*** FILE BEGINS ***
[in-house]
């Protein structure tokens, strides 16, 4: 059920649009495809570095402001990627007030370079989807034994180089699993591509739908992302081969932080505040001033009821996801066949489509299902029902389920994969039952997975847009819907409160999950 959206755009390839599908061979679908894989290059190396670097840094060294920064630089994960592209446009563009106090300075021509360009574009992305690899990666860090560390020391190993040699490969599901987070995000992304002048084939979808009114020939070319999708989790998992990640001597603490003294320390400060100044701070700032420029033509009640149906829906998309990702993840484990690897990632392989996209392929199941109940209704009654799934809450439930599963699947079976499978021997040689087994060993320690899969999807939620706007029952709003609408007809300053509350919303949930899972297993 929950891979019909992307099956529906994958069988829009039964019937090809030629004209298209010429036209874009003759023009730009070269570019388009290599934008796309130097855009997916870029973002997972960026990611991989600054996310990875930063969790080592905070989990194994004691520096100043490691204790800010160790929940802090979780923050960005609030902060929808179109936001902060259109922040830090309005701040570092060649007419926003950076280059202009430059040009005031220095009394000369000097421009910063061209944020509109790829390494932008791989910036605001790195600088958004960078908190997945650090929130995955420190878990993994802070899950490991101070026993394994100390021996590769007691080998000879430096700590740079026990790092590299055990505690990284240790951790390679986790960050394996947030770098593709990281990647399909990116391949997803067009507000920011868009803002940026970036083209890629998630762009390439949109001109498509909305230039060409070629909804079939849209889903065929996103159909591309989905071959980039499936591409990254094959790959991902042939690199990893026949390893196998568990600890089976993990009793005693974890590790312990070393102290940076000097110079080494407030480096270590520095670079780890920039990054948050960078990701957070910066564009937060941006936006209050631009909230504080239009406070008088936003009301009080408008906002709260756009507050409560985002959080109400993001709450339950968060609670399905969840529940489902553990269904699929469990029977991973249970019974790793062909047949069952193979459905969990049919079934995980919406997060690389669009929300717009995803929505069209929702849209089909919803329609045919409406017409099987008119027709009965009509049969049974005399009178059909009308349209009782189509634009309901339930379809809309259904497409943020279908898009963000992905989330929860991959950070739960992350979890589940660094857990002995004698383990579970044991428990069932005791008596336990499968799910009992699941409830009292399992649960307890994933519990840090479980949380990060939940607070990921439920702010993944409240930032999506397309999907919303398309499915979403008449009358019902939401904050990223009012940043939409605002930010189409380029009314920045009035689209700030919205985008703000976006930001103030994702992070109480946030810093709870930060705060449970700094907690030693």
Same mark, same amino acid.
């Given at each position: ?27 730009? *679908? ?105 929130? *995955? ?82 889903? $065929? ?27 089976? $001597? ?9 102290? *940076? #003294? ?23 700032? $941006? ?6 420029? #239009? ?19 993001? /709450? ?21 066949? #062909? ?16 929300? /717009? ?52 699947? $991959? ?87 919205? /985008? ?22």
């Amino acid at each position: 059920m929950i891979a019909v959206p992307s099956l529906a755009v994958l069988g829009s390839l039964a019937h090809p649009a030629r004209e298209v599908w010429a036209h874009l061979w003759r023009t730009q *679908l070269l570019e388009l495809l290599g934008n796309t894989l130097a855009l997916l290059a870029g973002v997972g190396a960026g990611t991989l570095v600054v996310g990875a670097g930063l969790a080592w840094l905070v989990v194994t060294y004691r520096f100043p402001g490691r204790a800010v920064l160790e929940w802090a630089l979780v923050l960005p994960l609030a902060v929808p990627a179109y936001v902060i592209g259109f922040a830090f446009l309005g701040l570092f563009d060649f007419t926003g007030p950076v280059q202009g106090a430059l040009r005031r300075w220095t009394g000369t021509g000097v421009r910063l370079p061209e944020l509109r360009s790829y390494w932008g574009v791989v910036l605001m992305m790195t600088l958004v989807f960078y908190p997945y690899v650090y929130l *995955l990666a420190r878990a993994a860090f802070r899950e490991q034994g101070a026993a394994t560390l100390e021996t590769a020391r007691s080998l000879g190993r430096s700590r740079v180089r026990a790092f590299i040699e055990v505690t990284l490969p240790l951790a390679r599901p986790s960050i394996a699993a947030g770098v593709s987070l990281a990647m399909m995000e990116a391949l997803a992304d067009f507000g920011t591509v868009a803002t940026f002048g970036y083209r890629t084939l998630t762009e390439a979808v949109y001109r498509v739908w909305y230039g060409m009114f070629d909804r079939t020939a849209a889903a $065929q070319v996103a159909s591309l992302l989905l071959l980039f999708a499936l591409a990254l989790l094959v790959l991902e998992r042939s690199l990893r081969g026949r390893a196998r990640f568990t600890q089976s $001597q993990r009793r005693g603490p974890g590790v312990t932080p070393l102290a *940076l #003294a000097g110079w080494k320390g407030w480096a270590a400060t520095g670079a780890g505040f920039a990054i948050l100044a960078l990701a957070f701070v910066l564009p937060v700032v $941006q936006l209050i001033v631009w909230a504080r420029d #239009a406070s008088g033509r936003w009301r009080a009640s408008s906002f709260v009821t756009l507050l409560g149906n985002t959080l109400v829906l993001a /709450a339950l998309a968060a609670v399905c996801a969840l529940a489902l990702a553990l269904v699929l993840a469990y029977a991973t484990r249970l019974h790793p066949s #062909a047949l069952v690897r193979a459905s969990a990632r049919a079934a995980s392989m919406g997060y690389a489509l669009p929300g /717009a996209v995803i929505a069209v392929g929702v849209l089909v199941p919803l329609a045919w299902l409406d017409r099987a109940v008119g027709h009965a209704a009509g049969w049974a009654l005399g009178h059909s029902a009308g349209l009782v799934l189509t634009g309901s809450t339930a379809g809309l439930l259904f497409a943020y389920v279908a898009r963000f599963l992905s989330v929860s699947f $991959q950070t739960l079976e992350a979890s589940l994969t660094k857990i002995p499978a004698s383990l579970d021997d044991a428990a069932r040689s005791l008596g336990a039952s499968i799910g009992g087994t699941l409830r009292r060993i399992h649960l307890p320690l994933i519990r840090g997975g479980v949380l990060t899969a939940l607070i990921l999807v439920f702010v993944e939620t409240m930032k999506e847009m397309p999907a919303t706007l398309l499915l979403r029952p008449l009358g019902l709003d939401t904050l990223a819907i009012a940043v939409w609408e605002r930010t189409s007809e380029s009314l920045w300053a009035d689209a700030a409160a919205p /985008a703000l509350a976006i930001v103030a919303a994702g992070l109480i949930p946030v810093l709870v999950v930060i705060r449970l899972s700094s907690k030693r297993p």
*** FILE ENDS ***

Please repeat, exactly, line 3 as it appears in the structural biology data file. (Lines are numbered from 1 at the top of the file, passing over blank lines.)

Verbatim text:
Same mark, same amino acid.